STOP ME if you've heard this one before: Jim Parsons, Julia Louis-Dreyfus, Jessica Lange, Ty Burrell, Stephen Colbert, Bryan Cranston, Aaron Paul, Anna Gunn, "Modern Family," "Breaking Bad" and "The Amazing Race" all went home with Emmys last night.
What? You thought NBC was going to waste an original episode of anything on a Monday night in late August?
Early - because NBC didn't want to compete with the MTV VMAs and doesn't like to interfere with Sunday night football - and often more like a rerun than a live show, the 66th annual Emmy Awards was nevertheless a fine night out for host Seth Meyers. The "Late Night" talker began by making fun of the scheduling, "which, if I understand television, means the Emmys are about to be canceled."
Probably not. But maybe it's time to acknowledge that there are more good things on TV - and now on online platforms - than there are Emmys to go around. And more, too, than some Emmy voters, who do seem to watch broadcast TV, may get around to seeing.
Not that that's going to go down easily with fans of Netflix's "Orange Is the New Black" and HBO's "True Detective."
"I don't know what to say. I truly am so surprised," said Lange, who's enough of an actress to actually have sounded surprised as she received her second Emmy for FX's "American Horror Story" (and the third of her career).
Parsons, by contrast, seemed sweetly resigned, as "The Big Bang Theory" star, winning for the fourth time as a lead actor in the CBS sitcom, paid tribute to his fellow nominees (as did Paul, who won his third supporting actor award for AMC's "Breaking Bad").
Cranston, whose award for AMC's "Breaking Bad" (his fourth for lead actor in the series) kept Matthew McConaughey from winning an Emmy and Oscar in the same year, talked about gratitude for the role that changed his career.
Julianna Margulies, winning her second Emmy for CBS' "The Good Wife" - she also won for "ER" - spoke for many fans as she chided former co-star Josh Charles, whose desire to move on led to his character's death this past season. "What were you thinking?"
There were first-time winners.
Category-shopping paid off for FX's "Fargo," an entirely deserving anthology series that won for outstanding miniseries without having to go head-to-head with HBO's "True Detective," another show whose first season told a closed-end story, but that HBO entered as a drama series, only to see it lose to "Breaking Bad."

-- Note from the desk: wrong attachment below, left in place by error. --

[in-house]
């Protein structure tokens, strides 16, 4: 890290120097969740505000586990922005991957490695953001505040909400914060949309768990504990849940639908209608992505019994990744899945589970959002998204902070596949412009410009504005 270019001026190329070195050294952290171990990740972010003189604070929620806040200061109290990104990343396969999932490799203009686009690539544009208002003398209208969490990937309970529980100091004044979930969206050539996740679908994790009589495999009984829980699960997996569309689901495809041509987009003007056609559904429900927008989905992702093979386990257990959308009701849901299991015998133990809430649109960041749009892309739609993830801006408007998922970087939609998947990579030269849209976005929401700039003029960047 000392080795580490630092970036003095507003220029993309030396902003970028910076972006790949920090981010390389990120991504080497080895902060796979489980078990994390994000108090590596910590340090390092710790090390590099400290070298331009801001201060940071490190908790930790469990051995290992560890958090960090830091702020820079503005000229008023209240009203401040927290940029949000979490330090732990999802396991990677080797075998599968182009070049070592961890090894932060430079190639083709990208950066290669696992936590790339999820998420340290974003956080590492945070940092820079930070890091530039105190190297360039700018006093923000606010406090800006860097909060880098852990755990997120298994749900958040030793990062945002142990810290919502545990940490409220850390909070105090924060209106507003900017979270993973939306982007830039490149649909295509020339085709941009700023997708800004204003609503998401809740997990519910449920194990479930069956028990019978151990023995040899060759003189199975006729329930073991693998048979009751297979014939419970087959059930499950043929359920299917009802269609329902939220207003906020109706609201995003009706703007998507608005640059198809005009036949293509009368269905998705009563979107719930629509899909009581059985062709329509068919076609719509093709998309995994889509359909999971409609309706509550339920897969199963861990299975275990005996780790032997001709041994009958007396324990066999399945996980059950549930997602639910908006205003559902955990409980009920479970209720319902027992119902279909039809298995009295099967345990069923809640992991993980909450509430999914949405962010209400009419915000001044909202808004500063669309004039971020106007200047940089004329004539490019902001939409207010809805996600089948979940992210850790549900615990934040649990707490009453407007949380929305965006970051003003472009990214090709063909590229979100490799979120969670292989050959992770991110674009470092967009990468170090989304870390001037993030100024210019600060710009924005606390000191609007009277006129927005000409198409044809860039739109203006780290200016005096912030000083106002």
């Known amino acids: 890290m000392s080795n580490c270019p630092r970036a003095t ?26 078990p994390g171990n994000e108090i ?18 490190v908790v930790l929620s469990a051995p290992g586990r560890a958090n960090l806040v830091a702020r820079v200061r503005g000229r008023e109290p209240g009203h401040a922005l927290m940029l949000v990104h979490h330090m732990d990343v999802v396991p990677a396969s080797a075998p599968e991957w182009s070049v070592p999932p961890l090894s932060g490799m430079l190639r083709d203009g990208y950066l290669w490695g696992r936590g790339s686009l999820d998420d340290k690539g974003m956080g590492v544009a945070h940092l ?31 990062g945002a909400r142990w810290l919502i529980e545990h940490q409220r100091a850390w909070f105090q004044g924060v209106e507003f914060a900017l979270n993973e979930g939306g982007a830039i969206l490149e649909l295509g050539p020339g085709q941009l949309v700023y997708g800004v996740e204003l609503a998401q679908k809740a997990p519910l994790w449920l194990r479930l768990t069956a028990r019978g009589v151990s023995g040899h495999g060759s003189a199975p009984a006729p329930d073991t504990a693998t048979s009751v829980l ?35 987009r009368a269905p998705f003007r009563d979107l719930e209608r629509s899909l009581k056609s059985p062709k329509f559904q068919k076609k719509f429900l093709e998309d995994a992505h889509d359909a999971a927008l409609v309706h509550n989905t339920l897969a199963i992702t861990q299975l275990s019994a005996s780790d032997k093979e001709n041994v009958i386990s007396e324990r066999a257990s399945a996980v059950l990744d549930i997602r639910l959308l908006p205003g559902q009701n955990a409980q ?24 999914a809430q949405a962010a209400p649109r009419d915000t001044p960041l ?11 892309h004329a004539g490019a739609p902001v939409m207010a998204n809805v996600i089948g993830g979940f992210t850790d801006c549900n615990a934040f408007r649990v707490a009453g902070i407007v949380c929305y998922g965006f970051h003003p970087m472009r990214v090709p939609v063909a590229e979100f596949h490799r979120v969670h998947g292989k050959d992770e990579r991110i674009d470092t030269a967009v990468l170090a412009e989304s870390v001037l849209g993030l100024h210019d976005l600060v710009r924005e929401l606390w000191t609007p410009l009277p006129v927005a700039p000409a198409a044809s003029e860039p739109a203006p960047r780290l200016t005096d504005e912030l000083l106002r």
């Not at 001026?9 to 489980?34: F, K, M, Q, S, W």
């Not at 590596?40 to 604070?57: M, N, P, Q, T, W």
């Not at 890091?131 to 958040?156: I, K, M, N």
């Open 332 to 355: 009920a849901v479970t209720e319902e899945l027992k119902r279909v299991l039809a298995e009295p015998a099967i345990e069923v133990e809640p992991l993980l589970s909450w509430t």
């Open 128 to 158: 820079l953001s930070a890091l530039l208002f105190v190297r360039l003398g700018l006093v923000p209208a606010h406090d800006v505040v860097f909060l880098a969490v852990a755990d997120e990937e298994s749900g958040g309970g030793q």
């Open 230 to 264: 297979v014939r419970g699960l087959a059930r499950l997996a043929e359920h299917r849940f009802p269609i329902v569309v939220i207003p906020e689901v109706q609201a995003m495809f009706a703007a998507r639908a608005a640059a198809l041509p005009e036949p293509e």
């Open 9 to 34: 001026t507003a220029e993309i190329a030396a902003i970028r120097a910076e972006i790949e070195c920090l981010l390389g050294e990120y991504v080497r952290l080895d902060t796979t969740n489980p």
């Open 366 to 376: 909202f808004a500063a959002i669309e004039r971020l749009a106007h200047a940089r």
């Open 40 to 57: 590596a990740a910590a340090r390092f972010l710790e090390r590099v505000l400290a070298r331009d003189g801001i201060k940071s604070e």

HBO's "The Normal Heart" won for outstanding TV movie.
The disconnect between the balloting and the ballyhoo seemed greater than usual, as Meyers shared the spotlight with performers like Funny or Die's Billy Eichner and professional cable geek Chris Hardwick, who may have been reaching their largest audiences, even on what will probably not be the highest-rated of Emmycasts.
Among Meyers' best lines: Noting that of the three long-running series that ended this past year, CBS' "How I Met Your Mother" had, unexpectedly, the saddest finale. "Yes, kids. Jesse Pinkman lived, Dexter lived, but your mother didn't make it. Sleep tight."
Billy Crystal's tribute to Robin Williams, which followed the In Memoriam sequence, was touching, though not quite as much as the clip of Williams himself.
As always, there were awards that the show didn't get around to handing out:
Best bit of banter: "Hold on, Clark Gable." Louis-Dreyfus to fellow presenter Cranston, whose unexpected moustache was one of the night's greatest hits (and helped her pretend she didn't actually remember Cranston's having guest-starred on "Seinfeld").
Public service announcements: Emmy producers, eager to keep viewers from straying, did what they could to promote the show's star power, with notifications such as "seven minutes to Bryan Cranston" and "10 minutes to Julia Roberts."
Best continuing bit: Cranston grabbing Louis-Dreyfus and planting a kiss on her as she went to the stage to accept the lead actress in a comedy Emmy - her third consecutive and fifth overall - for HBO's "Veep." After which she acknowledged that he had indeed appeared with her on "Seinfeld."
The non-host-with-the-mostest: To ABC late-show host Jimmy Kimmel, who turned his presenter gig into a host-like monologue, ending with a shout-out to comedian Tracy Morgan, who's still recovering from injuries sustained in that New Jersey Turnpike crash in June.
Happiest reunion (after McConaughey and Woody Harrelson): "The Help" co-stars Octavia Spencer and Janney, who presented together.
Splitting the vote: To Martin Freeman, of "Sherlock," whose competition for supporting actor in a miniseries or movie consisted of much of the cast of HBO's "The Normal Heart." (Kathy Bates, on the other hand, was chosen in a category that included "American Horror Story: Coven" co-stars Angela Bassett and Frances Conroy.)
The size-doesn't-matter award: To NBC's pre-show, which touted the "longest red carpet" in Emmy history. As if 400 feet of fabric could make host Billy Bush pop next to McConaughey.